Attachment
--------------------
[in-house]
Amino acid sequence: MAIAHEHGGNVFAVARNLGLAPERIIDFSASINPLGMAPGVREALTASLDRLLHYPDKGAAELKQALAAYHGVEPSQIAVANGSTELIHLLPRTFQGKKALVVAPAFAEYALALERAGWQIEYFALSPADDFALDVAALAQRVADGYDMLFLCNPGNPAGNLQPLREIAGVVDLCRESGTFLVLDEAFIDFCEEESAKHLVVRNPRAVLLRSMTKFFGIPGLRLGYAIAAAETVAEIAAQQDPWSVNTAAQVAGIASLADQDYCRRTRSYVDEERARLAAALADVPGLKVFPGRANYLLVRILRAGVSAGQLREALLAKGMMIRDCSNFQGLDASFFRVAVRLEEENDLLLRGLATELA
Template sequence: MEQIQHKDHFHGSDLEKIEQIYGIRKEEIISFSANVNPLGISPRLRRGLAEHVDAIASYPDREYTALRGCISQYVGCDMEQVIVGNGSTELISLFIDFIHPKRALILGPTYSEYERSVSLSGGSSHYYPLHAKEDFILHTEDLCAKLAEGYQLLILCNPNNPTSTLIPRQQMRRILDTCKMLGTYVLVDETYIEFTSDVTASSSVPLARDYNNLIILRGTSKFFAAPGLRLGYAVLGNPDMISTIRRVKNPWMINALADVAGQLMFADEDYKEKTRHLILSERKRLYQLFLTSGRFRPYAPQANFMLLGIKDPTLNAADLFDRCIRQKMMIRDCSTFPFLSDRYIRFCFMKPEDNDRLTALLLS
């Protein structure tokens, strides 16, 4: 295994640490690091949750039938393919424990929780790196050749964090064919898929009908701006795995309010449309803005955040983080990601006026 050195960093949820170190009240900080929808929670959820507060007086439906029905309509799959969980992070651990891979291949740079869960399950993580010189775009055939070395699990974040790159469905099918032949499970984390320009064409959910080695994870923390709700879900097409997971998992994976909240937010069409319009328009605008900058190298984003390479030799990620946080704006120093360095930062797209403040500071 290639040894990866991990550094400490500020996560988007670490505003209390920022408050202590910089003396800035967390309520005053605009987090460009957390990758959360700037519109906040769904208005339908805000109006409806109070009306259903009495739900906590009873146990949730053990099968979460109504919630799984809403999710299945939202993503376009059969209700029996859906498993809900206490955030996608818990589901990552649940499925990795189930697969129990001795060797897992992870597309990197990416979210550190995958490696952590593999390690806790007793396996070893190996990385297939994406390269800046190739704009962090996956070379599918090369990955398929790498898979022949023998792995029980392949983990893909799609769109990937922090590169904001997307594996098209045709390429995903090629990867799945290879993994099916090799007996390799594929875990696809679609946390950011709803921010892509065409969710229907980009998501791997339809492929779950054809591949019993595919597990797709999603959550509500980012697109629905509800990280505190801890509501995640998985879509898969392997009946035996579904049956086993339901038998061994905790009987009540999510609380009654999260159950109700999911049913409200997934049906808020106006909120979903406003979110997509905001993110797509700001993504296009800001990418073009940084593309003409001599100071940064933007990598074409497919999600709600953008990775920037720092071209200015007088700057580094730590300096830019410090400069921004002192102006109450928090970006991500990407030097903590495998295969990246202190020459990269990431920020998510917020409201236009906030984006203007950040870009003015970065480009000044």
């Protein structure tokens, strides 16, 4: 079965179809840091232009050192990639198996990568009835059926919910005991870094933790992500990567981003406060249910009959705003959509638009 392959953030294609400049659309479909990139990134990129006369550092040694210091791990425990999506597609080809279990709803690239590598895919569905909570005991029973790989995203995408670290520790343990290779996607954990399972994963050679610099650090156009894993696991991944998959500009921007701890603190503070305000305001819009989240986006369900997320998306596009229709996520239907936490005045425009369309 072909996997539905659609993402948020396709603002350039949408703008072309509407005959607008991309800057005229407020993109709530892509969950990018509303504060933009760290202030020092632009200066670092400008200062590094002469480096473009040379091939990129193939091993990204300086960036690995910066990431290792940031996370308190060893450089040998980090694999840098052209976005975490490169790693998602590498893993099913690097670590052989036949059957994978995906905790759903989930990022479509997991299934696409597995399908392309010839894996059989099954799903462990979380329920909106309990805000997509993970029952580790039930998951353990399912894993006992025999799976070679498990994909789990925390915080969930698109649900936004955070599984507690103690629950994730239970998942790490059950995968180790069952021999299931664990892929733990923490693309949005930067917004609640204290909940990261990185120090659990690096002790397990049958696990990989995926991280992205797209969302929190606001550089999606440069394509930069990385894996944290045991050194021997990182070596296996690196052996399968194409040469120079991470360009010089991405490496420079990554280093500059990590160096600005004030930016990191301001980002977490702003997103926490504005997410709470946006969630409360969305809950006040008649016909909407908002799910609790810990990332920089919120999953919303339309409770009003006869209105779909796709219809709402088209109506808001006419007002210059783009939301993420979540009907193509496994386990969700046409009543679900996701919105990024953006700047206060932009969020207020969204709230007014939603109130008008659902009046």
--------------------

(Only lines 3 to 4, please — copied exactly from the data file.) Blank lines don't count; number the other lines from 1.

Template sequence: MEQIQHKDHFHGSDLEKIEQIYGIRKEEIISFSANVNPLGISPRLRRGLAEHVDAIASYPDREYTALRGCISQYVGCDMEQVIVGNGSTELISLFIDFIHPKRALILGPTYSEYERSVSLSGGSSHYYPLHAKEDFILHTEDLCAKLAEGYQLLILCNPNNPTSTLIPRQQMRRILDTCKMLGTYVLVDETYIEFTSDVTASSSVPLARDYNNLIILRGTSKFFAAPGLRLGYAVLGNPDMISTIRRVKNPWMINALADVAGQLMFADEDYKEKTRHLILSERKRLYQLFLTSGRFRPYAPQANFMLLGIKDPTLNAADLFDRCIRQKMMIRDCSTFPFLSDRYIRFCFMKPEDNDRLTALLLS
């Protein structure tokens, strides 16, 4: 295994640490690091949750039938393919424990929780790196050749964090064919898929009908701006795995309010449309803005955040983080990601006026 050195960093949820170190009240900080929808929670959820507060007086439906029905309509799959969980992070651990891979291949740079869960399950993580010189775009055939070395699990974040790159469905099918032949499970984390320009064409959910080695994870923390709700879900097409997971998992994976909240937010069409319009328009605008900058190298984003390479030799990620946080704006120093360095930062797209403040500071 290639040894990866991990550094400490500020996560988007670490505003209390920022408050202590910089003396800035967390309520005053605009987090460009957390990758959360700037519109906040769904208005339908805000109006409806109070009306259903009495739900906590009873146990949730053990099968979460109504919630799984809403999710299945939202993503376009059969209700029996859906498993809900206490955030996608818990589901990552649940499925990795189930697969129990001795060797897992992870597309990197990416979210550190995958490696952590593999390690806790007793396996070893190996990385297939994406390269800046190739704009962090996956070379599918090369990955398929790498898979022949023998792995029980392949983990893909799609769109990937922090590169904001997307594996098209045709390429995903090629990867799945290879993994099916090799007996390799594929875990696809679609946390950011709803921010892509065409969710229907980009998501791997339809492929779950054809591949019993595919597990797709999603959550509500980012697109629905509800990280505190801890509501995640998985879509898969392997009946035996579904049956086993339901038998061994905790009987009540999510609380009654999260159950109700999911049913409200997934049906808020106006909120979903406003979110997509905001993110797509700001993504296009800001990418073009940084593309003409001599100071940064933007990598074409497919999600709600953008990775920037720092071209200015007088700057580094730590300096830019410090400069921004002192102006109450928090970006991500990407030097903590495998295969990246202190020459990269990431920020998510917020409201236009906030984006203007950040870009003015970065480009000044």